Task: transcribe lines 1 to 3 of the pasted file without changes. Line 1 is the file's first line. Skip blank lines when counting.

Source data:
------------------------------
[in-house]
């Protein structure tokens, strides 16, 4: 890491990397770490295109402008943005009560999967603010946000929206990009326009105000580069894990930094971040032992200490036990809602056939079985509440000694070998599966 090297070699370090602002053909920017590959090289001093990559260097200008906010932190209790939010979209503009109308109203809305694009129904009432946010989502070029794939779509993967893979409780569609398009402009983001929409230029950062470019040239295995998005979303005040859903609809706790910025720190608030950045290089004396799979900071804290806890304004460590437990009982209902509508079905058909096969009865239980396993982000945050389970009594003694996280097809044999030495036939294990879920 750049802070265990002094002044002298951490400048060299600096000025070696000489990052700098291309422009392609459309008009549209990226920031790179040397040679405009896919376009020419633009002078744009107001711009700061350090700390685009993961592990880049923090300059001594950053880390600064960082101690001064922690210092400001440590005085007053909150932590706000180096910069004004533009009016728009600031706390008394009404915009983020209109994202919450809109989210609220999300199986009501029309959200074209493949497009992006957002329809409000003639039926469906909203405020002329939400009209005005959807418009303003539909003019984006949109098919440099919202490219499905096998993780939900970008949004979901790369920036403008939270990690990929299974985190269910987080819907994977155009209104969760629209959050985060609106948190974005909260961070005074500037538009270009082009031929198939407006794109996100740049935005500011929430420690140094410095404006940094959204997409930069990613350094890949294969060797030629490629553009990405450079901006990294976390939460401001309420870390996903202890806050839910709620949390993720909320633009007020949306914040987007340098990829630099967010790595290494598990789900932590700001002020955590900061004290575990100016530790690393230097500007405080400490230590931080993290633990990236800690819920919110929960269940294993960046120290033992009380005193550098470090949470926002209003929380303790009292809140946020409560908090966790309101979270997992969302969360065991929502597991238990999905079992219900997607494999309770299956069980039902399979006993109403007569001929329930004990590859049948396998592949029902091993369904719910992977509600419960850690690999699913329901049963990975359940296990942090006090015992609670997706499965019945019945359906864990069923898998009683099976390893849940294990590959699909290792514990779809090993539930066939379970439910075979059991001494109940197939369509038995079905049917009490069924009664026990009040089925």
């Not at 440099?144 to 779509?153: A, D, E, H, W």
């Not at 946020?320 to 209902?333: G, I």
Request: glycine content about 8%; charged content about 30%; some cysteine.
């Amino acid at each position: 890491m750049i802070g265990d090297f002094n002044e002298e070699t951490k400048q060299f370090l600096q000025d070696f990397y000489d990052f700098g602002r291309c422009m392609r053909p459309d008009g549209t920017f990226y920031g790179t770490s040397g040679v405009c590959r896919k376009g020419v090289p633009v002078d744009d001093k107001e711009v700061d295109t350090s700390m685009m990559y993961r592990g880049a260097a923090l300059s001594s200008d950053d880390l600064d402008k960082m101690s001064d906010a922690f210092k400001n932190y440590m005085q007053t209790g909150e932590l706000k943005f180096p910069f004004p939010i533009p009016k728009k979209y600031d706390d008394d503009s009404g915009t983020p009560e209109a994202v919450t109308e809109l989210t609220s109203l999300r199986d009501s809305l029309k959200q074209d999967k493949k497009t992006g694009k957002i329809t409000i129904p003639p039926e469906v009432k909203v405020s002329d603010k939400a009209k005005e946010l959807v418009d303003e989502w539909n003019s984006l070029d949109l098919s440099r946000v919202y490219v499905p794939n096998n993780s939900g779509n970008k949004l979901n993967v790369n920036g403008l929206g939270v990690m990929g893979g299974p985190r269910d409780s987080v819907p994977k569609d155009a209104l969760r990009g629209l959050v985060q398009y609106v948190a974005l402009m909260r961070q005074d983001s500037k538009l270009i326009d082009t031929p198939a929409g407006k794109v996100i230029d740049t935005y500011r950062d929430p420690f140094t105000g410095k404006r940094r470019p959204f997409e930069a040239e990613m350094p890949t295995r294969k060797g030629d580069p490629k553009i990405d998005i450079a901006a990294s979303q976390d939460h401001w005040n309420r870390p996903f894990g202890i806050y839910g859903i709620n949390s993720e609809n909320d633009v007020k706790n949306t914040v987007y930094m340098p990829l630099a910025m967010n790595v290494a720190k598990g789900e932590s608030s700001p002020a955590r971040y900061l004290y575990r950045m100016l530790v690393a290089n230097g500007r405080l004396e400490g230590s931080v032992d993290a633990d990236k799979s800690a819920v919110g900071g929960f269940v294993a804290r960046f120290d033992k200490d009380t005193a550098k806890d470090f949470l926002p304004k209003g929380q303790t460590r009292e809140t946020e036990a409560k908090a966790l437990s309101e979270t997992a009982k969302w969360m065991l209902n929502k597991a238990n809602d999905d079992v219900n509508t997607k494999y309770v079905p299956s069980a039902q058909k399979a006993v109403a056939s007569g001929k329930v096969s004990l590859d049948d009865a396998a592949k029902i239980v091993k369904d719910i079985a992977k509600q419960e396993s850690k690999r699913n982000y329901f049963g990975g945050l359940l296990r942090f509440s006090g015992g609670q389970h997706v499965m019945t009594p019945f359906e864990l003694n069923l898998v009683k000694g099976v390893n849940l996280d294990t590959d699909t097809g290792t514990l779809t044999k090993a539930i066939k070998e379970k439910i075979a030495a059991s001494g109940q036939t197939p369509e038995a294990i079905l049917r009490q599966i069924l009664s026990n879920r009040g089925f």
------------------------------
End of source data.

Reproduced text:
[in-house]
């Protein structure tokens, strides 16, 4: 890491990397770490295109402008943005009560999967603010946000929206990009326009105000580069894990930094971040032992200490036990809602056939079985509440000694070998599966 090297070699370090602002053909920017590959090289001093990559260097200008906010932190209790939010979209503009109308109203809305694009129904009432946010989502070029794939779509993967893979409780569609398009402009983001929409230029950062470019040239295995998005979303005040859903609809706790910025720190608030950045290089004396799979900071804290806890304004460590437990009982209902509508079905058909096969009865239980396993982000945050389970009594003694996280097809044999030495036939294990879920 750049802070265990002094002044002298951490400048060299600096000025070696000489990052700098291309422009392609459309008009549209990226920031790179040397040679405009896919376009020419633009002078744009107001711009700061350090700390685009993961592990880049923090300059001594950053880390600064960082101690001064922690210092400001440590005085007053909150932590706000180096910069004004533009009016728009600031706390008394009404915009983020209109994202919450809109989210609220999300199986009501029309959200074209493949497009992006957002329809409000003639039926469906909203405020002329939400009209005005959807418009303003539909003019984006949109098919440099919202490219499905096998993780939900970008949004979901790369920036403008939270990690990929299974985190269910987080819907994977155009209104969760629209959050985060609106948190974005909260961070005074500037538009270009082009031929198939407006794109996100740049935005500011929430420690140094410095404006940094959204997409930069990613350094890949294969060797030629490629553009990405450079901006990294976390939460401001309420870390996903202890806050839910709620949390993720909320633009007020949306914040987007340098990829630099967010790595290494598990789900932590700001002020955590900061004290575990100016530790690393230097500007405080400490230590931080993290633990990236800690819920919110929960269940294993960046120290033992009380005193550098470090949470926002209003929380303790009292809140946020409560908090966790309101979270997992969302969360065991929502597991238990999905079992219900997607494999309770299956069980039902399979006993109403007569001929329930004990590859049948396998592949029902091993369904719910992977509600419960850690690999699913329901049963990975359940296990942090006090015992609670997706499965019945019945359906864990069923898998009683099976390893849940294990590959699909290792514990779809090993539930066939379970439910075979059991001494109940197939369509038995079905049917009490069924009664026990009040089925």
């Not at 440099?144 to 779509?153: A, D, E, H, W």